DescriptionMeeting Theme: Are sex differences in health expectancy a social issue?
Persistent Identifierhttp://hdl.handle.net/10722/136480

 

DC FieldValueLanguage
dc.contributor.authorCheung, KSLen_US
dc.contributor.authorRobine, JMen_US
dc.contributor.authorHoriuchi, Sen_US
dc.date.accessioned2011-07-27T02:16:50Z-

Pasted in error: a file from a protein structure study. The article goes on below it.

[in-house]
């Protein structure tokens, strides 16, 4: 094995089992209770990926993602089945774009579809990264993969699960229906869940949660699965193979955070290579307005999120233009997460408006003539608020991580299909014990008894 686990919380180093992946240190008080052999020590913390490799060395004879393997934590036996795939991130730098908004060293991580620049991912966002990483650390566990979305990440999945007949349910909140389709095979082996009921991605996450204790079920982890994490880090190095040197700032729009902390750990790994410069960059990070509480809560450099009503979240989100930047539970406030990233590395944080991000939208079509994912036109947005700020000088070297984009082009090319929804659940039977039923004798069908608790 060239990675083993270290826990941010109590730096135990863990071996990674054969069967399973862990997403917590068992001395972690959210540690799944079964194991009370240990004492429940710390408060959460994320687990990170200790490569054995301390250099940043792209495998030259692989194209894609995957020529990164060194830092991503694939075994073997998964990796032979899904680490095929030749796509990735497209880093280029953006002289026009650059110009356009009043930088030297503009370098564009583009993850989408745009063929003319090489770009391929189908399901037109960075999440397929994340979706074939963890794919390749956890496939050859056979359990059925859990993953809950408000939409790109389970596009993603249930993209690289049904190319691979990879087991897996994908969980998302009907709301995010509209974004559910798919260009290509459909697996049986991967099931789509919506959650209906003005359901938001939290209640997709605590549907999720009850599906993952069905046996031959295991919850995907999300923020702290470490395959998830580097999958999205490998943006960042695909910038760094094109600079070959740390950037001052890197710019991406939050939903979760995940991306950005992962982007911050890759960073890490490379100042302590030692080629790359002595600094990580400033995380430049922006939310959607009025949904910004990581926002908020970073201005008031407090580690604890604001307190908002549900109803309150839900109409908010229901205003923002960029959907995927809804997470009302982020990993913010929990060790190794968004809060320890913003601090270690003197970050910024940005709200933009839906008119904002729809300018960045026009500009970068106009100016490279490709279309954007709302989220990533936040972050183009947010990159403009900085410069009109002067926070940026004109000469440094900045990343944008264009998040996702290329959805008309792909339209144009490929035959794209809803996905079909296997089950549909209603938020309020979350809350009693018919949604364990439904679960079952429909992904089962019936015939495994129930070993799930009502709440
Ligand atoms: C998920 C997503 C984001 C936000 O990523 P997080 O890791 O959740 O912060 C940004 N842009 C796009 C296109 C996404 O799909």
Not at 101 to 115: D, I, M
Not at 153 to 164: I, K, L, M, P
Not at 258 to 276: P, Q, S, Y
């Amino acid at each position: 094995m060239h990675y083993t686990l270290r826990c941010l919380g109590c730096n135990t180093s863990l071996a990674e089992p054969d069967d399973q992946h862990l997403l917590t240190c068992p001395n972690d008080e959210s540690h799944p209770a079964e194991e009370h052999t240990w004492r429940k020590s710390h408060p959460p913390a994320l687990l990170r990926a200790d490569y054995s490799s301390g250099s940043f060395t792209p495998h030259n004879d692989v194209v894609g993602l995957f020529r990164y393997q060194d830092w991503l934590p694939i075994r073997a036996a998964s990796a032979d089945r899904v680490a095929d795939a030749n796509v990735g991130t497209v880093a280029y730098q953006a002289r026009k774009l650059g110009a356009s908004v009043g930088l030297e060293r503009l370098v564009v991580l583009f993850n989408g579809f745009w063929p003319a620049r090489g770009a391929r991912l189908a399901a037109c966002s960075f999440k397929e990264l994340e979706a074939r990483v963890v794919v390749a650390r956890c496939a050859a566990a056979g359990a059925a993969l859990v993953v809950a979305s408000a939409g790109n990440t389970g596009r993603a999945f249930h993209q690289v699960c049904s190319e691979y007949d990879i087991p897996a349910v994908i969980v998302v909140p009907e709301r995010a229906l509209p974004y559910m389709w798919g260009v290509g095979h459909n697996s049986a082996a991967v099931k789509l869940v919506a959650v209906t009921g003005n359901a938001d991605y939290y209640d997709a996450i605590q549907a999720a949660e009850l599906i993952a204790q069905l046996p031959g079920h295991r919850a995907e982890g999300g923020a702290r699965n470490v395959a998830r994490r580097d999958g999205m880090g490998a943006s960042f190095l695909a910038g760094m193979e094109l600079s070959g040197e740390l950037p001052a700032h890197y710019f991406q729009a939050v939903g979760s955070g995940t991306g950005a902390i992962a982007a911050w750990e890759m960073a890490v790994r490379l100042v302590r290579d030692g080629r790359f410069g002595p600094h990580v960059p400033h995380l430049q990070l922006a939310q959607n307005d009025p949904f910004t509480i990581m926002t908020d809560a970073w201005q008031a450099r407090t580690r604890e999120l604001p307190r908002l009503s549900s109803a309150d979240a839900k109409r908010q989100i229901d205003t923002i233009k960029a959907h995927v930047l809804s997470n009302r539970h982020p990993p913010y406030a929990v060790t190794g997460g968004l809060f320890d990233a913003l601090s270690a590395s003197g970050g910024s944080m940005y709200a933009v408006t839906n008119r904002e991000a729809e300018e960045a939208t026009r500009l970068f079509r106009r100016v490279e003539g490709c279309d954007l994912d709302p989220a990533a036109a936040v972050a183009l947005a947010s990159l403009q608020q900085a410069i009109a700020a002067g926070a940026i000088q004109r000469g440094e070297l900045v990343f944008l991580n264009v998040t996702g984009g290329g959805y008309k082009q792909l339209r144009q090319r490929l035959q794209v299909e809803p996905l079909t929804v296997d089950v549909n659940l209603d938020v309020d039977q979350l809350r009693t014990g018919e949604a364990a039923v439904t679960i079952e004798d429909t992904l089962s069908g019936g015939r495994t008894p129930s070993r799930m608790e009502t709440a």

dc.date.available2011-07-27T02:16:50Z-
dc.date.issued2011en_US
dc.identifier.citationThe 23rd REVES Meeting, Paris, France, 25-27 May 2011. In Conference Book, 2011, p. 14-15en_US
dc.identifier.urihttp://hdl.handle.net/10722/136480-
dc.descriptionMeeting Theme: Are sex differences in health expectancy a social issue?-